|Soldier to football leader|
|by David Hood - Senior Writer - Wednesday, August 14, 2013 8:54 PM||
CLEMSON – Daniel RodriguezDaniel Rodriguez
RS So. Wide Receiver
#83 5-8, 175
View Full Profile walked off of Clemson’s practice field Tuesday evening with cuts on his nose and around his eyes, the blood welling up on a gash on his forehead. They were minor abrasions, the result of another long day of August camp when tempers flare and the wounds suffered in tackling drills are a daily occurrence.
In many ways, however, those wounds show that Rodriguez – the 24-year old war veteran and decorated hero – has come full circle. He is no longer the oddity, the feel-good story that teammates look at with deference and awe. He is merely Daniel, the football player, just another walk-on fighting for his spot on the team.
The minor aches and pains and the scratches that he suffers on Clemson’s practice field are, in many ways, helping to heal the wounds he suffered in Afghanistan back in 2009.
His story is familiar to us all by now. He was wounded Oct. 3, 2009, during a battle near Kamdesh, Afghanistan, while serving in the U.S. Army Combat Outpost Keating, in a mountainous region near the Pakistan border, was ambushed by nearly 300 Taliban insurgents. Eight Americans were killed; 22 were injured. Rodriguez was shot and wounded in the leg, neck and shoulder.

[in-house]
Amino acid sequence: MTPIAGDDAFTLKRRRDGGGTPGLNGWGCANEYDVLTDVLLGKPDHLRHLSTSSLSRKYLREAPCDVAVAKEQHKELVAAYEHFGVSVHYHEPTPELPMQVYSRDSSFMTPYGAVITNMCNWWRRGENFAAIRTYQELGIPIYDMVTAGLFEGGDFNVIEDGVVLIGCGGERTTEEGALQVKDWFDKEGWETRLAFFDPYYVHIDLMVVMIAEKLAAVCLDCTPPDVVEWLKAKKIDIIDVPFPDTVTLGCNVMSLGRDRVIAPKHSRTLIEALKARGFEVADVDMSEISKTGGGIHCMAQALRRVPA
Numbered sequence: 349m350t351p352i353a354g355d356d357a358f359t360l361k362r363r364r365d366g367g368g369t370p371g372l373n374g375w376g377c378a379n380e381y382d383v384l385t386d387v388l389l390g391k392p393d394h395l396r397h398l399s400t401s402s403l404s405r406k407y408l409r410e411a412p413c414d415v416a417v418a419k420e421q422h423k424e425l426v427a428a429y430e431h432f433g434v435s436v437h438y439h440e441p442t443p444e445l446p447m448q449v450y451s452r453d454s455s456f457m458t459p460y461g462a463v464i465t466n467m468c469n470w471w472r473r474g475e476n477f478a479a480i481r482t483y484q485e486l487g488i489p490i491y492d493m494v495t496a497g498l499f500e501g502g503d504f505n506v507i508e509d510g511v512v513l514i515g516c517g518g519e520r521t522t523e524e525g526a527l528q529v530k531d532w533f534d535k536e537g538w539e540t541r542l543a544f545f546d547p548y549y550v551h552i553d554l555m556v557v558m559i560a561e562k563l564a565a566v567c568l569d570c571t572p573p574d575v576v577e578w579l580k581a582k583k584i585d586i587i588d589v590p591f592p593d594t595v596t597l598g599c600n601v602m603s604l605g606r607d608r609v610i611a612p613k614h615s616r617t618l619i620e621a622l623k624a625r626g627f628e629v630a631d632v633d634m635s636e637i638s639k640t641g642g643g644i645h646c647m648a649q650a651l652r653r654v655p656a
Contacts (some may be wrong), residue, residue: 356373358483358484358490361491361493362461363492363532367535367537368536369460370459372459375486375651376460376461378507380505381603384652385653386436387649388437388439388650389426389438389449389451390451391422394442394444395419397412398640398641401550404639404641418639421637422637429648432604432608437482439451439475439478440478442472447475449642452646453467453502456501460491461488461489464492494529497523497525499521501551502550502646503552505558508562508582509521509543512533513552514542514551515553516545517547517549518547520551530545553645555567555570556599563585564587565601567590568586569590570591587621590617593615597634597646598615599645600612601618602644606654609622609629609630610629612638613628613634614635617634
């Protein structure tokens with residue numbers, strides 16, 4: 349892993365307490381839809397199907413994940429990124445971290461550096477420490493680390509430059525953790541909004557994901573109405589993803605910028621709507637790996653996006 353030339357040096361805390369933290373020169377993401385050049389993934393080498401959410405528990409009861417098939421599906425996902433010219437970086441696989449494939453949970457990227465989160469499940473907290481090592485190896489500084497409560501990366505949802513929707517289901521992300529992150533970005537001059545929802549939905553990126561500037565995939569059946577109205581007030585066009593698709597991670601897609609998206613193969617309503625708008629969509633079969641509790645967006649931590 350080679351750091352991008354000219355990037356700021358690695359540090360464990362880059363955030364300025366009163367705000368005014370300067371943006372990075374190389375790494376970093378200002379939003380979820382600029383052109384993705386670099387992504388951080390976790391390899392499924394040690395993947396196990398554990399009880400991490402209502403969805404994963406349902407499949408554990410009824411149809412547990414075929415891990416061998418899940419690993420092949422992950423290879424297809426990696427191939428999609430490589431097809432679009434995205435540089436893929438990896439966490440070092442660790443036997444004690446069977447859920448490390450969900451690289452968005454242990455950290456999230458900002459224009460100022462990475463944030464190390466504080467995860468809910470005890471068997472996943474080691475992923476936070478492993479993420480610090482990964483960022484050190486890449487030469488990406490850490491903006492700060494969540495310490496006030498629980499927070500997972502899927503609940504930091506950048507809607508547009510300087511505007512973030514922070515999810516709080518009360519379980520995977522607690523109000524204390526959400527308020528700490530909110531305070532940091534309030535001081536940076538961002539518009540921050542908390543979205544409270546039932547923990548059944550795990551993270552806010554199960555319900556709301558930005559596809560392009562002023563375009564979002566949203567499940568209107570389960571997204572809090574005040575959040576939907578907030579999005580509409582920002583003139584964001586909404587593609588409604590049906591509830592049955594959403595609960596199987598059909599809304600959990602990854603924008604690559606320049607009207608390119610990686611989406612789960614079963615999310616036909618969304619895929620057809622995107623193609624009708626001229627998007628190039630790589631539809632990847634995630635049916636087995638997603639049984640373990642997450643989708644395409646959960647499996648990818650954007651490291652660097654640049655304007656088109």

Once recovered and discharged from the military, Rodriguez kept a promise to his friend, Pfc. Kevin Thompson, who was killed during the initial moments of the attack. Rodriguez had told Thompson if he made it home from Afghanistan, he would find a way to play college football.
He found a home at Clemson, and saw action at wide receiver and on special teams last season, but he was always in the news. Rodriguez’ story was told countless times, and he received awards and appeared on television shows and had his name and picture in countless newspapers and magazines.
Once the spring progressed and summer workouts began in earnest, it would have been easy for Rodriguez to coast on his 15 minutes of fame and take it easy, content in the knowledge that he had given his best effort at being a college football player. After all, there are easier places across the country to earn playing time at wide receiver – Clemson is loaded – and he could bow out and defer to recruits who are taller, faster and stronger.